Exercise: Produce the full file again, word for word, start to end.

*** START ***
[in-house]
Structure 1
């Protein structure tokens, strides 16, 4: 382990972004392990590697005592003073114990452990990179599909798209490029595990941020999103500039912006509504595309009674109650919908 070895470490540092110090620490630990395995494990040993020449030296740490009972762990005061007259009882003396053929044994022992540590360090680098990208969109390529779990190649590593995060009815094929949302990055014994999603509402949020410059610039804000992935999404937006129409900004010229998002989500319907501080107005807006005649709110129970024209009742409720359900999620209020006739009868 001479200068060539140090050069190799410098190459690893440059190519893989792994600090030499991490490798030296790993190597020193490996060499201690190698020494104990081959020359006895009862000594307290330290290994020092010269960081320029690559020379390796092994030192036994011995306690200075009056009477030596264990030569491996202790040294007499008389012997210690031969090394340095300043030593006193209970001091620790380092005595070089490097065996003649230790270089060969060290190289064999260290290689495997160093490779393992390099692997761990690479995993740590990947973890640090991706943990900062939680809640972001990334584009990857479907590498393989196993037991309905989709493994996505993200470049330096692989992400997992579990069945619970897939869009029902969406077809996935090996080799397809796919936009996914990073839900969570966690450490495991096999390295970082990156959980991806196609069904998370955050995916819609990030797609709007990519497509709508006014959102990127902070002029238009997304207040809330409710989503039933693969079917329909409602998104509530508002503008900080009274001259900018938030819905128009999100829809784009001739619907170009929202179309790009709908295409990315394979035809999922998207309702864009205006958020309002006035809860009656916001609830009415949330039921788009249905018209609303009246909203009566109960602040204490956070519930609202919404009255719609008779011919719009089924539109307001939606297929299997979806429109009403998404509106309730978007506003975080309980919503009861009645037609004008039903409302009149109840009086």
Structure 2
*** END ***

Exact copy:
[in-house]
Structure 1
């Protein structure tokens, strides 16, 4: 382990972004392990590697005592003073114990452990990179599909798209490029595990941020999103500039912006509504595309009674109650919908 070895470490540092110090620490630990395995494990040993020449030296740490009972762990005061007259009882003396053929044994022992540590360090680098990208969109390529779990190649590593995060009815094929949302990055014994999603509402949020410059610039804000992935999404937006129409900004010229998002989500319907501080107005807006005649709110129970024209009742409720359900999620209020006739009868 001479200068060539140090050069190799410098190459690893440059190519893989792994600090030499991490490798030296790993190597020193490996060499201690190698020494104990081959020359006895009862000594307290330290290994020092010269960081320029690559020379390796092994030192036994011995306690200075009056009477030596264990030569491996202790040294007499008389012997210690031969090394340095300043030593006193209970001091620790380092005595070089490097065996003649230790270089060969060290190289064999260290290689495997160093490779393992390099692997761990690479995993740590990947973890640090991706943990900062939680809640972001990334584009990857479907590498393989196993037991309905989709493994996505993200470049330096692989992400997992579990069945619970897939869009029902969406077809996935090996080799397809796919936009996914990073839900969570966690450490495991096999390295970082990156959980991806196609069904998370955050995916819609990030797609709007990519497509709508006014959102990127902070002029238009997304207040809330409710989503039933693969079917329909409602998104509530508002503008900080009274001259900018938030819905128009999100829809784009001739619907170009929202179309790009709908295409990315394979035809999922998207309702864009205006958020309002006035809860009656916001609830009415949330039921788009249905018209609303009246909203009566109960602040204490956070519930609202919404009255719609008779011919719009089924539109307001939606297929299997979806429109009403998404509106309730978007506003975080309980919503009861009645037609004008039903409302009149109840009086």
Structure 2